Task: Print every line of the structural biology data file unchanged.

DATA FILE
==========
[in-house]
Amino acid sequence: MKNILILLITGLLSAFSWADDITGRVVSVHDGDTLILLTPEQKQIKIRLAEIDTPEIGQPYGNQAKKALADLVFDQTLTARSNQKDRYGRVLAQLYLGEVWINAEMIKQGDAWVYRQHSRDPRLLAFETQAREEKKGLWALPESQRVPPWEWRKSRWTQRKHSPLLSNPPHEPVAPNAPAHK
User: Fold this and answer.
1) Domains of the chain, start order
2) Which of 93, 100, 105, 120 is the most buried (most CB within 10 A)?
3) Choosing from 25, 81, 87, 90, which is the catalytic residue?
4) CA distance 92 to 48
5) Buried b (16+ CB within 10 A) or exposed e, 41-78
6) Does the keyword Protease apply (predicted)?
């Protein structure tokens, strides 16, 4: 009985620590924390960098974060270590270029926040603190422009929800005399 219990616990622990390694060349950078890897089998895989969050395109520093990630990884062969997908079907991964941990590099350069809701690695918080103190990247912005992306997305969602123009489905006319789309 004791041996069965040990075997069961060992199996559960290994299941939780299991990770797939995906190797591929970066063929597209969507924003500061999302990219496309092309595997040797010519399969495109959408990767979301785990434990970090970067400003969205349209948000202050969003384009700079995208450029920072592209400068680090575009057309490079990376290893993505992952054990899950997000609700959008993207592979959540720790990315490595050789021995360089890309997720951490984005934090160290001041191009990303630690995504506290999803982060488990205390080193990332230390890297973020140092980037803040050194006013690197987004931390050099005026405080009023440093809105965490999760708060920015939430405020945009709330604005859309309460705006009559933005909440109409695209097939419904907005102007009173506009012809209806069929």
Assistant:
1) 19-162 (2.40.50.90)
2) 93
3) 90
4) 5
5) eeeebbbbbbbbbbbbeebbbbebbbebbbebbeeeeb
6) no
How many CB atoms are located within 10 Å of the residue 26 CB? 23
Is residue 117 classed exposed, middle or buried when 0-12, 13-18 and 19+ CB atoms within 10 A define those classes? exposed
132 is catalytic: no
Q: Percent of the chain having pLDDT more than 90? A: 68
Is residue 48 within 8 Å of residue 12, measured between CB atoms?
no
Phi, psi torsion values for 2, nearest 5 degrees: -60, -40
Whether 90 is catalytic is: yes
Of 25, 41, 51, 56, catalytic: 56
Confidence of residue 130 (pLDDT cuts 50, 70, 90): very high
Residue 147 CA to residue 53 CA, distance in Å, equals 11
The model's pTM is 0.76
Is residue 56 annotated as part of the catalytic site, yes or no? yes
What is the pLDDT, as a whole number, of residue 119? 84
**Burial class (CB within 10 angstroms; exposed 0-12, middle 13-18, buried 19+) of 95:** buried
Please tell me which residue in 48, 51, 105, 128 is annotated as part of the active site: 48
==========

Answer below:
[in-house]
Amino acid sequence: MKNILILLITGLLSAFSWADDITGRVVSVHDGDTLILLTPEQKQIKIRLAEIDTPEIGQPYGNQAKKALADLVFDQTLTARSNQKDRYGRVLAQLYLGEVWINAEMIKQGDAWVYRQHSRDPRLLAFETQAREEKKGLWALPESQRVPPWEWRKSRWTQRKHSPLLSNPPHEPVAPNAPAHK
User: Fold this and answer.
1) Domains of the chain, start order
2) Which of 93, 100, 105, 120 is the most buried (most CB within 10 A)?
3) Choosing from 25, 81, 87, 90, which is the catalytic residue?
4) CA distance 92 to 48
5) Buried b (16+ CB within 10 A) or exposed e, 41-78
6) Does the keyword Protease apply (predicted)?
């Protein structure tokens, strides 16, 4: 009985620590924390960098974060270590270029926040603190422009929800005399 219990616990622990390694060349950078890897089998895989969050395109520093990630990884062969997908079907991964941990590099350069809701690695918080103190990247912005992306997305969602123009489905006319789309 004791041996069965040990075997069961060992199996559960290994299941939780299991990770797939995906190797591929970066063929597209969507924003500061999302990219496309092309595997040797010519399969495109959408990767979301785990434990970090970067400003969205349209948000202050969003384009700079995208450029920072592209400068680090575009057309490079990376290893993505992952054990899950997000609700959008993207592979959540720790990315490595050789021995360089890309997720951490984005934090160290001041191009990303630690995504506290999803982060488990205390080193990332230390890297973020140092980037803040050194006013690197987004931390050099005026405080009023440093809105965490999760708060920015939430405020945009709330604005859309309460705006009559933005909440109409695209097939419904907005102007009173506009012809209806069929």
Assistant:
1) 19-162 (2.40.50.90)
2) 93
3) 90
4) 5
5) eeeebbbbbbbbbbbbeebbbbebbbebbbebbeeeeb
6) no
How many CB atoms are located within 10 Å of the residue 26 CB? 23
Is residue 117 classed exposed, middle or buried when 0-12, 13-18 and 19+ CB atoms within 10 A define those classes? exposed
132 is catalytic: no
Q: Percent of the chain having pLDDT more than 90? A: 68
Is residue 48 within 8 Å of residue 12, measured between CB atoms?
no
Phi, psi torsion values for 2, nearest 5 degrees: -60, -40
Whether 90 is catalytic is: yes
Of 25, 41, 51, 56, catalytic: 56
Confidence of residue 130 (pLDDT cuts 50, 70, 90): very high
Residue 147 CA to residue 53 CA, distance in Å, equals 11
The model's pTM is 0.76
Is residue 56 annotated as part of the catalytic site, yes or no? yes
What is the pLDDT, as a whole number, of residue 119? 84
**Burial class (CB within 10 angstroms; exposed 0-12, middle 13-18, buried 19+) of 95:** buried
Please tell me which residue in 48, 51, 105, 128 is annotated as part of the active site: 48